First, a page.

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Industry underwhelmed by Autumn Statement

The Chartered Institution of Wastes Management (CIWM) has labelled the chancellor’s Autumn Statement ‘disappointing’ for doing little to help the waste industry.

“We are becoming accustomed to finding very little good news in the chancellor’s statements and today is no exception,” said CIWM chief executive Steve Lee.

“It’s clear that our industry can expect little support from the Government to deliver its significant green growth and jobs potential.”

CIWM had hoped for greater medium term certainty from George Osborne, left, on the higher rate of landfill to help investors, local authorities and the private sector to support, plan and deliver the necessary services and infrastructure in the future. 

“Lack of money doesn’t have to mean lack of ambition and leadership, but once again the green growth agenda has been largely left out in the cold by the chancellor,” Lee said. “This statement underlines the government’s hands-off approach to the future of this industry and a lack of regard for the role it can play in delivering a more sustainable and low carbon future.”

The Environmental Services Association (ESA) was also disappointed that the industry would now have to wait until the next budget for any clarity on the future landfill tax.

“Without greater certainty over future landfill tax levels, the industry could struggle to persuade investors that the UK is fully committed to the circular economy and won’t return to its wasteful past,” the ESA said in a statement.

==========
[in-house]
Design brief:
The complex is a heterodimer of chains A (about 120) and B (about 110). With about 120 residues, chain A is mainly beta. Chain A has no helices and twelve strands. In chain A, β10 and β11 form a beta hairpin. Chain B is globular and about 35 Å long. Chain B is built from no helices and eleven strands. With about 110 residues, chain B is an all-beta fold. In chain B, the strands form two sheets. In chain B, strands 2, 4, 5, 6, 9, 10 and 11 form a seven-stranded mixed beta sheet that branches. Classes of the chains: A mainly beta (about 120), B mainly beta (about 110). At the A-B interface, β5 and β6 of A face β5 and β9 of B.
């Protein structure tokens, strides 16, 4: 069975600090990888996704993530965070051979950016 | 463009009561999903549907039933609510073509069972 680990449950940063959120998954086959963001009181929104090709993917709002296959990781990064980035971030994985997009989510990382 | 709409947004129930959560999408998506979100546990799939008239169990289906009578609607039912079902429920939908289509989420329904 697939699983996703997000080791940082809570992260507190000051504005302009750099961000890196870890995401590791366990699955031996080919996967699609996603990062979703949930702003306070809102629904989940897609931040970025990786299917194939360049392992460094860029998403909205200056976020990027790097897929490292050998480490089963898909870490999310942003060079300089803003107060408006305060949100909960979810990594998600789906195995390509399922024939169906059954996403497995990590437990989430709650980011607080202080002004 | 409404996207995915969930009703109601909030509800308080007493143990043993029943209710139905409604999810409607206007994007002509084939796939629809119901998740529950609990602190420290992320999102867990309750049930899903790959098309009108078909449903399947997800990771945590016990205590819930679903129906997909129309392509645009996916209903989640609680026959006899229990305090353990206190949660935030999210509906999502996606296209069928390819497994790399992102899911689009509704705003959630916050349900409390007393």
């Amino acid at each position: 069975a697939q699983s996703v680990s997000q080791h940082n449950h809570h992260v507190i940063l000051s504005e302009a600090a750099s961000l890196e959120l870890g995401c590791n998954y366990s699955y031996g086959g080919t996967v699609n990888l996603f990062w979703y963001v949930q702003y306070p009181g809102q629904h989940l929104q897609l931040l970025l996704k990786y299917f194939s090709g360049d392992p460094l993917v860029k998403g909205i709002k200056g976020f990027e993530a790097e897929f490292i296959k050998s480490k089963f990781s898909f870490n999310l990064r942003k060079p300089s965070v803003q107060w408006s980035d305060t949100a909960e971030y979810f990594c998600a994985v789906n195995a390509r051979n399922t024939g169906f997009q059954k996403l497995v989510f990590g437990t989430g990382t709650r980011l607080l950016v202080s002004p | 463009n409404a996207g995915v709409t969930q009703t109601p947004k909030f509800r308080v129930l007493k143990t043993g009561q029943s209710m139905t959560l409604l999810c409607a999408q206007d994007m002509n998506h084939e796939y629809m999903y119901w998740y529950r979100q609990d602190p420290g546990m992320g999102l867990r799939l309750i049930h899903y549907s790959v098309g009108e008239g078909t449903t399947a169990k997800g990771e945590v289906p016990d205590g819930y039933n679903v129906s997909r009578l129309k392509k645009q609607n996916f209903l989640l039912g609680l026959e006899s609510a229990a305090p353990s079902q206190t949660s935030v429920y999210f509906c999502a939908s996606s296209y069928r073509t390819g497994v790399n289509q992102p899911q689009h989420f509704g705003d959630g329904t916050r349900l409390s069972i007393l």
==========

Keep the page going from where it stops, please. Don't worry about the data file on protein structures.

It said the next phase of waste infrastructure projects would be more reliant than before on “uncertain commercial and industrial waste streams which will make it harder to finance”.


There was also a lukewarm reaction elsewhere around the industry.

British Property Federation director-general Peter Davis said: “We are disappointed to see no commitment to substantially raise landfill tax to drive waste towards recycling.”

UK Green Building Council chief executive Paul King said: “The emphasis on housing and infrastructure is welcome, but he’s missed an open goal by not recognising the potential for construction to deliver green growth.”

Veolia Environnment’s executive vice-president for the UK and northern Europe, Estelle Brachlianoff, said the reductions offered earlier in the week on household energy bills would help consumers in the short term, but failed to guard against price volatility in the coming years. 

Brachlianoff said: “Commercial residual waste is also a major untapped resource that is currently being overlooked. It is estimated that waste from homes and businesses could provide heat and power for over 250,000 homes in London alone but this means changing perceptions that renewable energy is just about wind turbines and solar panels.”

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